One of the things he would emphasize both in the psychiatry paper and the “Introduction to the Second Edition” was the importance of “New factors: [and] the havoc they play with our generalizations.”(8) If medicine and the behavioral/social sciences needed psychiatry, then psychiatry, in turn, needed GS. In particular, the new factors—as he had formulated them—of “our neuro-semantic (neuro-evaluational) and neuro-linguistic environments as environment”(9) seemed to him crucial for psychiatrists and governmental leaders to take seriously.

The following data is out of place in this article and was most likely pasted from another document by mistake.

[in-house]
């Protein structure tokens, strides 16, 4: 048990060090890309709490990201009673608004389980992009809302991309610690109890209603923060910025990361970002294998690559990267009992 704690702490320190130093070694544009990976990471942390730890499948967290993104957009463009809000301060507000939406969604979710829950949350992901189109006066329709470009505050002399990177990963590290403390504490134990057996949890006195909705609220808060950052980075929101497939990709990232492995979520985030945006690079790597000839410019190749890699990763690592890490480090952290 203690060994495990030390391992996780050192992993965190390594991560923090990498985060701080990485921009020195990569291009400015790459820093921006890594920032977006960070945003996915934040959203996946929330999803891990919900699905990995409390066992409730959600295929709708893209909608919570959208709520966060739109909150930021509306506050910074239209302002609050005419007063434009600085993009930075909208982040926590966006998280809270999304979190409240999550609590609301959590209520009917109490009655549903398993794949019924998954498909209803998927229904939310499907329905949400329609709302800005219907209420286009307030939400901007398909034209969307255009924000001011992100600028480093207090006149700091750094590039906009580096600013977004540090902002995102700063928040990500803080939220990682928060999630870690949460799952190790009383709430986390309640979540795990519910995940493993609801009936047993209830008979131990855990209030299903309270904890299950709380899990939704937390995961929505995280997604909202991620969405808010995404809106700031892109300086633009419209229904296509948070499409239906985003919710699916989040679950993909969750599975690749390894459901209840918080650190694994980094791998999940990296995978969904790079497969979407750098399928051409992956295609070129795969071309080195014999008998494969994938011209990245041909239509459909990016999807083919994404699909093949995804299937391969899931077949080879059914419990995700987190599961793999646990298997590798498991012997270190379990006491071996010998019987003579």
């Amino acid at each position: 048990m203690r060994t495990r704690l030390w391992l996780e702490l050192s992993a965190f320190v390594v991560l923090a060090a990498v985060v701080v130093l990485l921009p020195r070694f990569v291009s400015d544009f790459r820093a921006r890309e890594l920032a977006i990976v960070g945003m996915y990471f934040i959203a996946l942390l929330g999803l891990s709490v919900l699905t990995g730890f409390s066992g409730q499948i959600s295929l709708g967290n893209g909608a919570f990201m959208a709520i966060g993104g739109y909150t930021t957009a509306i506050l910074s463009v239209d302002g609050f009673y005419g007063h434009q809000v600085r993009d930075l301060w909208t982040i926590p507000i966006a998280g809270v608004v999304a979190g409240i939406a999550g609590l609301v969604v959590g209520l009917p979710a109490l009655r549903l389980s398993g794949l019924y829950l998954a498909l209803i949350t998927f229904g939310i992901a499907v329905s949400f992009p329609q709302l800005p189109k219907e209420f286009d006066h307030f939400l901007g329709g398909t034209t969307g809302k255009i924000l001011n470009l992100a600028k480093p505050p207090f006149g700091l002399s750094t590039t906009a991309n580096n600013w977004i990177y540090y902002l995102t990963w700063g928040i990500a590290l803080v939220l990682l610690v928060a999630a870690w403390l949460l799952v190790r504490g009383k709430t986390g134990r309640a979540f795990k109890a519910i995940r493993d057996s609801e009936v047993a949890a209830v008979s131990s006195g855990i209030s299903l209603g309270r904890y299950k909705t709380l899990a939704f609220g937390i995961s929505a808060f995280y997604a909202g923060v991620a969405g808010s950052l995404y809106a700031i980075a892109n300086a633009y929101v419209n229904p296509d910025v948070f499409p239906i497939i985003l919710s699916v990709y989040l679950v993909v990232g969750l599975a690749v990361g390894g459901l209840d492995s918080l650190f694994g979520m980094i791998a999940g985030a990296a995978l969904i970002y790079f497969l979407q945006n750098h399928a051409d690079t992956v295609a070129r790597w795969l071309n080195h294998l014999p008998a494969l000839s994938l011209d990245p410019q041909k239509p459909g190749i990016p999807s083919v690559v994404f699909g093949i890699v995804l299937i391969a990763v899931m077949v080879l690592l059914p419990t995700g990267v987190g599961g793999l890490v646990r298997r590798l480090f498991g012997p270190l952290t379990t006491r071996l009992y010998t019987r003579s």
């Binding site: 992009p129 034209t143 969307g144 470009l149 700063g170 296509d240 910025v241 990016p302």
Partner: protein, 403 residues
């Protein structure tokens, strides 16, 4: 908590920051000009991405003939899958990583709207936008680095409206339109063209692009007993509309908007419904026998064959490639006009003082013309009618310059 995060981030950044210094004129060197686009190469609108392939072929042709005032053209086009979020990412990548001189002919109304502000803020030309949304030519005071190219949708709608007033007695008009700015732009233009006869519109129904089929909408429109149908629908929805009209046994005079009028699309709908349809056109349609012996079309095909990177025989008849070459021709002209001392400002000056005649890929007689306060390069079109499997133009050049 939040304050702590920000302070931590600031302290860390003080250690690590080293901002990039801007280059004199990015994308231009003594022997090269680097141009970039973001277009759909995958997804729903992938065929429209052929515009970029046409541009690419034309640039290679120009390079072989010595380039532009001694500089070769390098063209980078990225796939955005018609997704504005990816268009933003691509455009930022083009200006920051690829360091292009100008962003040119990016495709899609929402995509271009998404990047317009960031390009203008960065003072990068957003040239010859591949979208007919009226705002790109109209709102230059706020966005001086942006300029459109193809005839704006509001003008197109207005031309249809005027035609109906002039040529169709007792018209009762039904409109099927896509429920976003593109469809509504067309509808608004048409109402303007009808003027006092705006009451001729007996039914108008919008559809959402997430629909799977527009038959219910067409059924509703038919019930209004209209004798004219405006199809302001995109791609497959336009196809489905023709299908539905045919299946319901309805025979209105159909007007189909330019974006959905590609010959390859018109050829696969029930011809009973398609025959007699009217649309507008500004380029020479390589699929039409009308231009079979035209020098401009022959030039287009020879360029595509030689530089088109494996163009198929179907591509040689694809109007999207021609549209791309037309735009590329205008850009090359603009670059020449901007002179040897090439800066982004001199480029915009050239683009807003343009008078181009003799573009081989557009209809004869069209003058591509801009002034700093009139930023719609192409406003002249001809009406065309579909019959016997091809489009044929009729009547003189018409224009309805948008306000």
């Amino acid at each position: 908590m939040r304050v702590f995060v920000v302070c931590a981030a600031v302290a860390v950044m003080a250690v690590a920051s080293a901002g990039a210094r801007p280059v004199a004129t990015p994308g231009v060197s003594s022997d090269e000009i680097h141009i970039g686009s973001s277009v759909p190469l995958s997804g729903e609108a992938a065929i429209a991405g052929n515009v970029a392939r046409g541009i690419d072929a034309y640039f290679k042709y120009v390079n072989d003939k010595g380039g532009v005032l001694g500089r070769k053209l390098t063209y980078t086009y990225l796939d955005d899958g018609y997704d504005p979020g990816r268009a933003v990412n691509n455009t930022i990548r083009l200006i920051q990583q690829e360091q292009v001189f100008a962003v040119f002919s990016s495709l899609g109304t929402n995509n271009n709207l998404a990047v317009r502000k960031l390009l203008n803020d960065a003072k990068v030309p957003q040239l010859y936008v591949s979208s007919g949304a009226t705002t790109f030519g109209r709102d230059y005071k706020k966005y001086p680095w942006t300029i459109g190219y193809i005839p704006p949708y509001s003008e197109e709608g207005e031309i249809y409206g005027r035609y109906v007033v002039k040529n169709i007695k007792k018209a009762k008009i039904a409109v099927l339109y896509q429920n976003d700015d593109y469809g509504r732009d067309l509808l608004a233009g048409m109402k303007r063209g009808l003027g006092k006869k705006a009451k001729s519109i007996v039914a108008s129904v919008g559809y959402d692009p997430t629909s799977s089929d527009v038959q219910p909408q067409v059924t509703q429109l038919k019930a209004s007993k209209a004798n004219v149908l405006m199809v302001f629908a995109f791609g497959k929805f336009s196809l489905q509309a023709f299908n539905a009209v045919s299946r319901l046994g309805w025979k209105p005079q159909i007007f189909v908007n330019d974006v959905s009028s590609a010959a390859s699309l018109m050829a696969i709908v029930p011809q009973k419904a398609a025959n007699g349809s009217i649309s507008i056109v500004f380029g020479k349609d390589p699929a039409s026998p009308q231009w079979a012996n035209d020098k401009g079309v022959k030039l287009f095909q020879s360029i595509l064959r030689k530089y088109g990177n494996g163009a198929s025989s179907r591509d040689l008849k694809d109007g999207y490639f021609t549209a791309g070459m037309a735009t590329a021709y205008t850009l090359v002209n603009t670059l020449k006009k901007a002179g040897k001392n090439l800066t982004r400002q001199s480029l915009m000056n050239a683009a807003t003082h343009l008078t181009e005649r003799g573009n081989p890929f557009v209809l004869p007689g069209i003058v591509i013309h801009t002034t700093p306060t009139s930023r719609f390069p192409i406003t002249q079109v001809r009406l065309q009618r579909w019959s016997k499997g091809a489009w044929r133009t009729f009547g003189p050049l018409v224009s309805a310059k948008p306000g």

In his paper for the psychiatric conference, Korzybski recommended the expansion of the sanity tribunal he had suggested in his earlier letter to leaders. The Germans under Hitler showed a notable ability to use “pathological verbal distortion” and other propagandistic and psychological methods as part of its ‘war of nerves’ against the allies. (Korzybski would soon refer to this in his “Introduction to the Second Edition” as the Nazi ‘war on nerves’.) The ‘sick’ Nazi, Fascist, and Japanese governments at least intuitively understood the importance of shaping the neuro-linguistic and neuro-evaluational environments, even if they didn’t formulate exactly in those terms. To this end, the Nazis, et al, purposely employed psycho-logical methods against their enemies. As he saw it, the governments of the so-called free world needed to marshal their psychiatrists and other experts in human behavior—including advisors in GS—to consciously counteract these methods and fight back with their own explicit neuro-evaluational, neuro-linguistic means.(10)